Thursday’s meeting of the East Lansing’s Downtown Development Authority centered on a complicated and lengthy debate over what summer programming in downtown East Lansing should like and how it can best be used to support local businesses.
The debate comes as Michigan continues to ratchet up its reopening protocols, allowing restaurants and bars to operate at 50 percent capacity starting this past Monday, June 8.
This week, a number of bars and restaurants around East Lansing reopened for in-house service, and the City of East Lansing also created a special outdoor seating area on Albert Ave. where people can enjoy take-out food, beer, and wine from nearby restaurants.
At the heart of the DDA’s discussion was the Downtown Management Board’s $20,000 funding request to support summer programming aimed at bringing residents downtown to spend money.
The proposed $20,000 DMB budget was designed to enable four programming threads: Nights in Downtown East Lansing, a special live-entertainment series meant to complement the summer concert series; use of sidewalks and rental of tables for businesses to host sidewalk sales; a marketing and programming contract with Piper & Gold, a PR firm; and Welcome Back activities for returning MSU students late in the summer.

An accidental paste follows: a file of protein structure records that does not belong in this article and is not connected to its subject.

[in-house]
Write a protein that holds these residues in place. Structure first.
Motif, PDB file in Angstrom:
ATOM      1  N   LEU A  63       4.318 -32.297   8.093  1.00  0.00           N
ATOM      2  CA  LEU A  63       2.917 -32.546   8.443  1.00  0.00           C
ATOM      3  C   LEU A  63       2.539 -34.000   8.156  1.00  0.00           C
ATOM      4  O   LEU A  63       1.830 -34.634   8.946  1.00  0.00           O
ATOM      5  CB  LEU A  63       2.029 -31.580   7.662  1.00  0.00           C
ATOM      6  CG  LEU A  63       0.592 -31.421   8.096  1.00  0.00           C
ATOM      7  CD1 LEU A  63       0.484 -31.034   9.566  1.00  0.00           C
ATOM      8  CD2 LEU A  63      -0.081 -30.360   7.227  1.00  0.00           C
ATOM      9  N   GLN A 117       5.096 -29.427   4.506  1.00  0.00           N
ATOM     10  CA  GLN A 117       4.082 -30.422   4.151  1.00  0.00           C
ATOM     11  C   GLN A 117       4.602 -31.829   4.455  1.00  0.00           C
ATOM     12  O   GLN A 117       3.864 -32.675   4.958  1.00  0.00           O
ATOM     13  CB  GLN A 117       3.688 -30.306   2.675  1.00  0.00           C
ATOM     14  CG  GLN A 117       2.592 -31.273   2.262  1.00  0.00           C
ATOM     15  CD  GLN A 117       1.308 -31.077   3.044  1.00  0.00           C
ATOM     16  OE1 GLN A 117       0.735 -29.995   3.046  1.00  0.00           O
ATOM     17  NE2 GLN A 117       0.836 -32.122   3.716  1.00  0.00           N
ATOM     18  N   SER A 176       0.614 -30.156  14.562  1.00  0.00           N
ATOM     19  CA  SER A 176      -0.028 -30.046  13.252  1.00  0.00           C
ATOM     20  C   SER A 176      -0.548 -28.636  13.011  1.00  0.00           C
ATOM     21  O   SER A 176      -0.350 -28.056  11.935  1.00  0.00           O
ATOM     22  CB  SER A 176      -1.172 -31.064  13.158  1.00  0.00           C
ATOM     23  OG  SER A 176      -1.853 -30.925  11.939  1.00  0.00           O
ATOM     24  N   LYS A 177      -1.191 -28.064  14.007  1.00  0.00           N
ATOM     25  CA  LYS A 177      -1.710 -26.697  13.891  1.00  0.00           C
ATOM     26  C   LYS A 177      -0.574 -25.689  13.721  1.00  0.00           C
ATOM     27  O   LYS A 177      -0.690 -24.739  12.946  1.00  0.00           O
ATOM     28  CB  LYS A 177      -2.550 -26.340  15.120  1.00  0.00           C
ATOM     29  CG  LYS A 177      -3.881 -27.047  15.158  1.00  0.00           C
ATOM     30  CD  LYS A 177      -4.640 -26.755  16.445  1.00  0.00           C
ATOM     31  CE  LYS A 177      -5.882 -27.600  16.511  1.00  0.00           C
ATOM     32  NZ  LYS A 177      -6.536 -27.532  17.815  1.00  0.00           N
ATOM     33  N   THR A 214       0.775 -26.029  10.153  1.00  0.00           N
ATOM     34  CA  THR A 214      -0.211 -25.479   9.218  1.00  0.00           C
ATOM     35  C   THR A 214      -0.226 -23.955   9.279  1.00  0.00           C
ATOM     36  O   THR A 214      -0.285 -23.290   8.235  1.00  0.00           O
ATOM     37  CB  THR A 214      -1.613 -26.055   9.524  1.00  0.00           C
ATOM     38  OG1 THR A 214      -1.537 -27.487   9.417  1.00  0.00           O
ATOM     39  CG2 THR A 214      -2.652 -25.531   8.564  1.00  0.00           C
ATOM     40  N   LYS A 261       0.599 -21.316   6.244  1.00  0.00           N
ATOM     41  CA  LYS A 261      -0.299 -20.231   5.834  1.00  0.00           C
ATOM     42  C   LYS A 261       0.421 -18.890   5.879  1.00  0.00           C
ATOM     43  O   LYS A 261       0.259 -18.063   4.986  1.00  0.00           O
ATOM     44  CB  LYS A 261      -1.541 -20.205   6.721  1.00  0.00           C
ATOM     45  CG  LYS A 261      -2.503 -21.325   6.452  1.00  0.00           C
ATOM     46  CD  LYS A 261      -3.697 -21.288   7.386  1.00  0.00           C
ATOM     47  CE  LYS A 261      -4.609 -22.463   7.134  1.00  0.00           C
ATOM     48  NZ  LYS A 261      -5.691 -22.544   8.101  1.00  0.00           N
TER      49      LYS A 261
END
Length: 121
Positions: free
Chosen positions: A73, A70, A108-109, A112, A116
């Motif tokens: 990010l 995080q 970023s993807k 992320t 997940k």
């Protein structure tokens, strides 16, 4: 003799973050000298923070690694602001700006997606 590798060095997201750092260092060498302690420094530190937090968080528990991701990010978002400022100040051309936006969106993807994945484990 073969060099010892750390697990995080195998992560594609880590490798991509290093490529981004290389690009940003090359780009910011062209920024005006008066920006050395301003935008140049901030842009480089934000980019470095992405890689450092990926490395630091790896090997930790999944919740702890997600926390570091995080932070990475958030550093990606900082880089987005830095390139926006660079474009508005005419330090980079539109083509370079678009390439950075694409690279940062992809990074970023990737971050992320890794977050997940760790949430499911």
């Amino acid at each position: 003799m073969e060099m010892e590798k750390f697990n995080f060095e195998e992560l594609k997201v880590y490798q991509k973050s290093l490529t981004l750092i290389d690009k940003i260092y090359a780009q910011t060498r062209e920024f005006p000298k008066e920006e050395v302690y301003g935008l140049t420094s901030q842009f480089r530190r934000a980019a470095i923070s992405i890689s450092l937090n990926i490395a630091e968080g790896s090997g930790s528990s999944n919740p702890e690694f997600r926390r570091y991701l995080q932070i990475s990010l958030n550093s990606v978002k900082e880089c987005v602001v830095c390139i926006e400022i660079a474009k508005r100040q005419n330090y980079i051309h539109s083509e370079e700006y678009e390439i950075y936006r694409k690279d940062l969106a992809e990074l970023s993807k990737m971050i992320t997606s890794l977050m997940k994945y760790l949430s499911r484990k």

Amy Schusler-Schmitt, East Lansing’s Community Development & Engagement Manager, presented the DMB’s ideas to the DDA.
When describing the proposed Nights in Downtown East Lansing, Schusler-Schmitt explained that the program would run for eight weeks in July and August and provide live music and entertainment geared toward families. She named magicians as a sample concept. The hope is that those attending will then patronize downtown businesses.
DDA member Lynsey Clayton, whose family owns H&H Mobil, raised public health concerns, stating that she would not feel comfortable bringing her children to live performances in a space that might be crowded.
Clayton argued that attendees may not take social distancing seriously, failing to maintain distance or to wear masks. Various DDA members noted that activities like singing are believed to spread germs farther, and a performing magician would require the audience to be close in together, to see the stage.